The idea of being confident is played out. It’s easy for celebrities and mentors and friends to encourage you to be yourself, love yourself, and express yourself. It’s so easy to tell each other to be confident that the phrase loses its meaning. Not to mention, being, loving, and expressing yourself is nearly impossible when you’re still constantly developing as a person. I want to suggest a new form of the idea of confidence, I call it not giving a fuck.
This may seem a bit brash, and to this point, I concede. Changing the cliched confidence narrative to a short, profane contradiction of said narrative is bold, but I promise I have a point. At all ages, but especially in our youth, self-definition is unclear. The “be yourself” motto is hard when “self” is in a state of change. It causes confusion and frustration to tell someone to be something that isn’t clear. That’s where my motto comes in: I’ve decided that instead of being “myself,” I’ll be whoever I want to be. Instead of constantly reminding myself to be who I am, which is redundant and unhelpful, I aim to try to be who I want to see myself as in that moment. At school, I am a studious observer. At parties, I am adventurous and flirty. In the end, I’ve decided I don’t really need to give a fuck about who my true self is. I am who I’ve decided I want to be. In this way, I create space for growth. If I come home at the end of a night with friends and decide I feel like I was annoying or rude, I change the thought pattern or behavior I used through the night. I grow. I allow myself to grow by admitting that I don’t really know who I am, and I frankly don’t care. I am what I define myself as. This breeds confidence naturally. Instead of accepting the self that everyone has told you needs acceptance, change what you don’t like, until you love how you are. As long as these changes are for yourself and are genuine, they become a valid alternative to the overplayed “Be yourself” song.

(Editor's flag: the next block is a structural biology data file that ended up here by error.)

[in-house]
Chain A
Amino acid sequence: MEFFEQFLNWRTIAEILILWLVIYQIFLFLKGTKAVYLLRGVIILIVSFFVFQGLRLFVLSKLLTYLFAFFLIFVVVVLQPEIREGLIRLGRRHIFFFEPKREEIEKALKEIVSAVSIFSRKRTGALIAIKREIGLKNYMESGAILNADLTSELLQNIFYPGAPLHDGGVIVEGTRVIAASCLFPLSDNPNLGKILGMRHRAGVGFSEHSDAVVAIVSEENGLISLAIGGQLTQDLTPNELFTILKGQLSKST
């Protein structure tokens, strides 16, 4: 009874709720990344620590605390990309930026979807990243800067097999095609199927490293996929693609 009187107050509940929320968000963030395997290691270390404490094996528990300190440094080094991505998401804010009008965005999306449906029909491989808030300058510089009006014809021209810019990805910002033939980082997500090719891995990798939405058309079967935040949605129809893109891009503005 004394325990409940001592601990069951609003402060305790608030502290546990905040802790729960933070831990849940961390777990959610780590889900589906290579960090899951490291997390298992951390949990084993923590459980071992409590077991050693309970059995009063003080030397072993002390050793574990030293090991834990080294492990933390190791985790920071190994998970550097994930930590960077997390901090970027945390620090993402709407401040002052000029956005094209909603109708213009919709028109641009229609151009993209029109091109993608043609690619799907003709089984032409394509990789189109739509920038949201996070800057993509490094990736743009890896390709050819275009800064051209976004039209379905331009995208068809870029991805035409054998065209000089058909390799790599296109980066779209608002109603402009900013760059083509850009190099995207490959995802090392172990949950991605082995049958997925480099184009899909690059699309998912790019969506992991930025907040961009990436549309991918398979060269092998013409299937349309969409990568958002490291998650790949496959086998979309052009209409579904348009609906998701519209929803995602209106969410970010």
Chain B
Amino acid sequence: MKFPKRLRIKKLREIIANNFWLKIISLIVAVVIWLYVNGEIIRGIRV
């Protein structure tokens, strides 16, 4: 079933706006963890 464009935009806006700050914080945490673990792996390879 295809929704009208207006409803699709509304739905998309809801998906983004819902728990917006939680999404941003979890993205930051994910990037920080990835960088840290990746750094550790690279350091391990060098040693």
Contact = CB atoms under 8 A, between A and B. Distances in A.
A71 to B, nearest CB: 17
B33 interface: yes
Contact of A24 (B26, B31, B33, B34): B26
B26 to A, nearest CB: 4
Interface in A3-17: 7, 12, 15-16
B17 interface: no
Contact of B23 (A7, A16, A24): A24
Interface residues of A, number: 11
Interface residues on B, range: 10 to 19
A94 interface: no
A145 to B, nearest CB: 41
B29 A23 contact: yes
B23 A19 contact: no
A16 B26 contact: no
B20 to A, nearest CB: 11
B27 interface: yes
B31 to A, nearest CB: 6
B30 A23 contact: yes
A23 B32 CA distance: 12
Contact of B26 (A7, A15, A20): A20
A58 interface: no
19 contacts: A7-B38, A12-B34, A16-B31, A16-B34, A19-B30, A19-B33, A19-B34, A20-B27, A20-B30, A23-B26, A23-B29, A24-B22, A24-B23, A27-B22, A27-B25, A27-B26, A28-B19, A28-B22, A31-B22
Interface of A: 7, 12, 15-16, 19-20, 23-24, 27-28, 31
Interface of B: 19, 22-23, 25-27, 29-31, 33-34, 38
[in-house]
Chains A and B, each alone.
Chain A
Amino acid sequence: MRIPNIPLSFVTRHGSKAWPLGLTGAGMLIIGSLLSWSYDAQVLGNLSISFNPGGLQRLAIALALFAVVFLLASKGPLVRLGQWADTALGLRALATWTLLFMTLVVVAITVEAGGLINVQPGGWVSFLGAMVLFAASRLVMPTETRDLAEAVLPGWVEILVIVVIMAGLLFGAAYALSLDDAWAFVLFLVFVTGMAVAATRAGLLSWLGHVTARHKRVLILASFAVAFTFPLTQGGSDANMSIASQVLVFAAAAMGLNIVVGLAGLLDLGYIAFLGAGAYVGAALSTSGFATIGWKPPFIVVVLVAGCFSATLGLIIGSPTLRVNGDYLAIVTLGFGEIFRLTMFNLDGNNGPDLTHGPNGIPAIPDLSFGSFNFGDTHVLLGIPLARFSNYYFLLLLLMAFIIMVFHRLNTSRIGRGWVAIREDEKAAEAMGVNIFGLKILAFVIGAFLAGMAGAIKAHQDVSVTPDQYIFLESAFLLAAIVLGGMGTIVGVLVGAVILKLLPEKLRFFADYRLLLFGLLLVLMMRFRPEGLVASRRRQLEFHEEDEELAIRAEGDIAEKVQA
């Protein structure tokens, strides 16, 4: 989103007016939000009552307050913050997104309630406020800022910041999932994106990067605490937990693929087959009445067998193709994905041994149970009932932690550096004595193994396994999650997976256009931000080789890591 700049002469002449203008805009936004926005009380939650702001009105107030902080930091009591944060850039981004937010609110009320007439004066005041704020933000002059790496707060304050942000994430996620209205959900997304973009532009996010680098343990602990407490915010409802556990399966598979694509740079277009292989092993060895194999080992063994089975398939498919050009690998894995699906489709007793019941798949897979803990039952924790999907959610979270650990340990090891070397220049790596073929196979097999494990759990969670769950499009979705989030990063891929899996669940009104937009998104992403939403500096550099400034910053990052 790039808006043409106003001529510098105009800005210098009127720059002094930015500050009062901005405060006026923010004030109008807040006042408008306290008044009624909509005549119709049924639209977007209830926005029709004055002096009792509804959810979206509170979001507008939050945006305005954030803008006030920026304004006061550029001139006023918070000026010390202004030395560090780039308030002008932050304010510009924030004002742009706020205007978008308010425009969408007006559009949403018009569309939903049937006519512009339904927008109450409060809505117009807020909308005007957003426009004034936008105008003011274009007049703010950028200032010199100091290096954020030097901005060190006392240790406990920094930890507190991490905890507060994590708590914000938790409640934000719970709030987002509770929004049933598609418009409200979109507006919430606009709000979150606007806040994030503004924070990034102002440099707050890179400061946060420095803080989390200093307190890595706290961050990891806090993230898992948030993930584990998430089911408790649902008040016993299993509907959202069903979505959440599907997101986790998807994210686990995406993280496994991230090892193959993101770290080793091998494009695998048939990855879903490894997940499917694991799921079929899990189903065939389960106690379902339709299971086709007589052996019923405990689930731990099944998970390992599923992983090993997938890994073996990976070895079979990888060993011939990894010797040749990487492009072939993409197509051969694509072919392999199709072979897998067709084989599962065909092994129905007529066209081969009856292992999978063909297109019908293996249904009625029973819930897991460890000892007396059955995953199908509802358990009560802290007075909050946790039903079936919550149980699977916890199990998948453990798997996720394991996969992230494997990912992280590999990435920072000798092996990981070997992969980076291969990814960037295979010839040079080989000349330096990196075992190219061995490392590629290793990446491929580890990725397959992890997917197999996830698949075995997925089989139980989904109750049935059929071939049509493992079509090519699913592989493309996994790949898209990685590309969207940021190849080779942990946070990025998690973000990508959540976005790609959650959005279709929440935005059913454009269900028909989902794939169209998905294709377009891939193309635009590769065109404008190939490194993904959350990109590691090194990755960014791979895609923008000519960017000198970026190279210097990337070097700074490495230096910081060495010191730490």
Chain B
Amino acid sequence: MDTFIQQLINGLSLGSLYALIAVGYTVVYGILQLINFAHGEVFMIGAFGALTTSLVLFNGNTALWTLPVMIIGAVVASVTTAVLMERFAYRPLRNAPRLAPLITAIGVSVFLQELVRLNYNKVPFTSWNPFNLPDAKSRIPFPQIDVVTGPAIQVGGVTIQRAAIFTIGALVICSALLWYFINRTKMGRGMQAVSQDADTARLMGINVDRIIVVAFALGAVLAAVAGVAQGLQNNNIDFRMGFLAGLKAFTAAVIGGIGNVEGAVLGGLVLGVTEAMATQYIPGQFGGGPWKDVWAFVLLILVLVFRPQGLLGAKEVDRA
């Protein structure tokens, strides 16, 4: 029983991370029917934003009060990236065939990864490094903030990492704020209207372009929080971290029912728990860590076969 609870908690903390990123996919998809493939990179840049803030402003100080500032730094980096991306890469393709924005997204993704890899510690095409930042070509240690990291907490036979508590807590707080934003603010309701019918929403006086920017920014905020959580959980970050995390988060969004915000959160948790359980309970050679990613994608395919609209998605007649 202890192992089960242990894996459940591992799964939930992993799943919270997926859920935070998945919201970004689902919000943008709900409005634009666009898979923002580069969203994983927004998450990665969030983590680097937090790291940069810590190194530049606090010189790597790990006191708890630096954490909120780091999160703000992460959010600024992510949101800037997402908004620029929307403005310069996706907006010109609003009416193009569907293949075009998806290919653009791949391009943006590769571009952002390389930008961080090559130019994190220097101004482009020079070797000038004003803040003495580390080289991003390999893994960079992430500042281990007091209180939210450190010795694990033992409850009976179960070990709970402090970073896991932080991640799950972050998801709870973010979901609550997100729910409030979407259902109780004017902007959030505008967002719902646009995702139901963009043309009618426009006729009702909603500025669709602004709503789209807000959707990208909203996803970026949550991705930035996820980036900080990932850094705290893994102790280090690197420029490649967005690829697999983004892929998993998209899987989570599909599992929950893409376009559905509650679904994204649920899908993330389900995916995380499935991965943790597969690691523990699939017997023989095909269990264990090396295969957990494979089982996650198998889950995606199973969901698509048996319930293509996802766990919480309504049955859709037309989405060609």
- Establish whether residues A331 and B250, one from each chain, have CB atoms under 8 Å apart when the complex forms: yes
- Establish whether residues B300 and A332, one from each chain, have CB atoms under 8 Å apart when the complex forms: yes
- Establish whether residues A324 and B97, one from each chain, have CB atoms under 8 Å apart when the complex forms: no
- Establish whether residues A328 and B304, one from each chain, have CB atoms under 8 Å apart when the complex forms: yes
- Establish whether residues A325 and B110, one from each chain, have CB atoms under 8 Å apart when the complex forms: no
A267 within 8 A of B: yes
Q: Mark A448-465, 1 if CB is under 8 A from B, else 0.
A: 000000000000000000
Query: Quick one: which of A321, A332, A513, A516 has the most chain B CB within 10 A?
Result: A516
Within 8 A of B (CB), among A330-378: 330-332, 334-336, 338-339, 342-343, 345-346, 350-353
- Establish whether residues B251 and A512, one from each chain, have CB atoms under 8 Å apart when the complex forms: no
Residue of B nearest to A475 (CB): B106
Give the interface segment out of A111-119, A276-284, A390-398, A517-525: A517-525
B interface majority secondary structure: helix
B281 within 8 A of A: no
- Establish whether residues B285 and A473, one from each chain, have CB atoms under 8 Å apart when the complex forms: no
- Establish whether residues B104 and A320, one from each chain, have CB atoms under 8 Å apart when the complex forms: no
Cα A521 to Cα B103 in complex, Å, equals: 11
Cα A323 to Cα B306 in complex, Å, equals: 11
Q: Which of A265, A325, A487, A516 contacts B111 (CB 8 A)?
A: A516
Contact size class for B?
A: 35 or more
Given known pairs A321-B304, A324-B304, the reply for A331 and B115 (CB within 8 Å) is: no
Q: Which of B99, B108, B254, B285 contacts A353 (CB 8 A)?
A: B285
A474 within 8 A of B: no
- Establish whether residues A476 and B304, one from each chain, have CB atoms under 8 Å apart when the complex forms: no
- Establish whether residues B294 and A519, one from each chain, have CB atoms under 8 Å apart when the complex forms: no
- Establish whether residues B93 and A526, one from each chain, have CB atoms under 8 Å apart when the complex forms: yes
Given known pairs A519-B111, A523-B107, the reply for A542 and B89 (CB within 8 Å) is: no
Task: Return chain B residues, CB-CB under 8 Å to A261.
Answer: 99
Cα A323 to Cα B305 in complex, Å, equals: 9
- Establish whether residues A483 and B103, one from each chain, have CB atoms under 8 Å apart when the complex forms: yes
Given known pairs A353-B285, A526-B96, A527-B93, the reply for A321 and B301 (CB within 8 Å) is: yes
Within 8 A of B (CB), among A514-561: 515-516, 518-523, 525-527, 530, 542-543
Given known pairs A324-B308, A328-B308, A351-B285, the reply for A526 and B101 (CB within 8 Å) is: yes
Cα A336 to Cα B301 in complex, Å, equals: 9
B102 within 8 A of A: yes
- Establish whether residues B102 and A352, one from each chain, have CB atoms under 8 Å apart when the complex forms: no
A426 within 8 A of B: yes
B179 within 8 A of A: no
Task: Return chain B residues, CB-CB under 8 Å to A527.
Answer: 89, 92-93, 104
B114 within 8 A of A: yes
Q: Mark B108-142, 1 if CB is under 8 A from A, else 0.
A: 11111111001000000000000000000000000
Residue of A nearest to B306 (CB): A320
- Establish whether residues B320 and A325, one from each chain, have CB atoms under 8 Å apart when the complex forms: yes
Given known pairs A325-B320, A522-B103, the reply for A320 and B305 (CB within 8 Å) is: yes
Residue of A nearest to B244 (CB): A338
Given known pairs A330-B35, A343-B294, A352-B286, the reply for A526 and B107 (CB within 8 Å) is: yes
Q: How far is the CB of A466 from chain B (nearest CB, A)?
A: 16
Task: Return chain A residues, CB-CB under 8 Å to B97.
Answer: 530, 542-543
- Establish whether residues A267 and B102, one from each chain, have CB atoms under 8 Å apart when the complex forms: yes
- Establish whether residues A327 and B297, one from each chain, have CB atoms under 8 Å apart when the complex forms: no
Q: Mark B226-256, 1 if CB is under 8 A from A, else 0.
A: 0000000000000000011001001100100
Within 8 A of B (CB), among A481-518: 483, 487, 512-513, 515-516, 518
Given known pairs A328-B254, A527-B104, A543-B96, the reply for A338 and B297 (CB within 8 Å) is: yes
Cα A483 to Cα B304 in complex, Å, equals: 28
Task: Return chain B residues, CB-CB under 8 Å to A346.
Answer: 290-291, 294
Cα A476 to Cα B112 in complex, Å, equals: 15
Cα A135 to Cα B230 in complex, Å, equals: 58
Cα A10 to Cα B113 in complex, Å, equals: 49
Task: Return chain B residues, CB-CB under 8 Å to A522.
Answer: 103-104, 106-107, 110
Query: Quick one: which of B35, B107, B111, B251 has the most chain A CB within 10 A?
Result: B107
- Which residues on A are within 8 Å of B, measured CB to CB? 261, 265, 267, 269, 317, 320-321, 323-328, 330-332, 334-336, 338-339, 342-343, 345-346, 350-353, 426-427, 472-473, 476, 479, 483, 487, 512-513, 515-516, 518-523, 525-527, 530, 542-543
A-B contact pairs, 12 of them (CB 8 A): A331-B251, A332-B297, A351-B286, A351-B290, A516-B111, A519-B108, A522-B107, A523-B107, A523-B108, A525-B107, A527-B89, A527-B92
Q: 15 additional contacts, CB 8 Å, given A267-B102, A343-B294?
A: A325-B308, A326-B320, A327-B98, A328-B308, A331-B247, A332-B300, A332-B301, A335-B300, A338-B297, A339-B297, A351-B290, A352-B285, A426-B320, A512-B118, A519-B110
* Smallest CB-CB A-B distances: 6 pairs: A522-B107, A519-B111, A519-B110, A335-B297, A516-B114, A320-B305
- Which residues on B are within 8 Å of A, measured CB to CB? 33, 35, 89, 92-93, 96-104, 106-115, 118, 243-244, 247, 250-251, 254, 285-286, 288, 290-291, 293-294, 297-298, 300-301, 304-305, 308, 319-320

Outside of personality, another place where many struggle with confidence is body image. The slogan here is that we should “love who we are” and be “body positive” all the time. I call bullshit. It is 2018, so I think it’s time to admit that being body positive is an unending journey. It doesn’t matter if you look like a beanpole, an orange, or a pear, it’s likely you’ve struggled with body image at one point or another. Telling you to love who you are would feel unfair, because it’s so much more complicated than that. Let me simplify: stop giving a fuck. If we can look at our bodies and decide to care less about their outward appearance, so many problems disappear. Instead of standing in front of the mirror and agonizing over every flaw, try looking in the mirror, acknowledging the good and the bad, and walking away. It is a conscious decision that we make to care about specific things. If we can say “I don’t like my legs, but I love my abs,” or “I wish my biceps were bigger, but I have great calves,” and just accept that, then, when the things we don’t like change, we are pleasantly surprised, and if they stay the same, it’s okay. The decision to care about things besides what you dislike about your body is challenging, but the reward is worth it. To be able to look at your nose, or your thighs, or your stomach, or your shoulders and say “I don’t like it, but I don’t care enough to let it affect me,” is powerful. We can acknowledge our struggles without giving them power over us.
All in all, the “not giving a fuck” principle is fairly straightforward. If you have a problem, you can decide whether or not it is important enough to direct your attention to. Confidence should be constantly changing with you as you grow. If you become confident in your goth girl stage, but don’t carry it into your art hoe phase, all the work it took to become confident is lost. So, let your confidence be personal, dynamic, and based on what you actually care about. To the rest, I say, fuck it.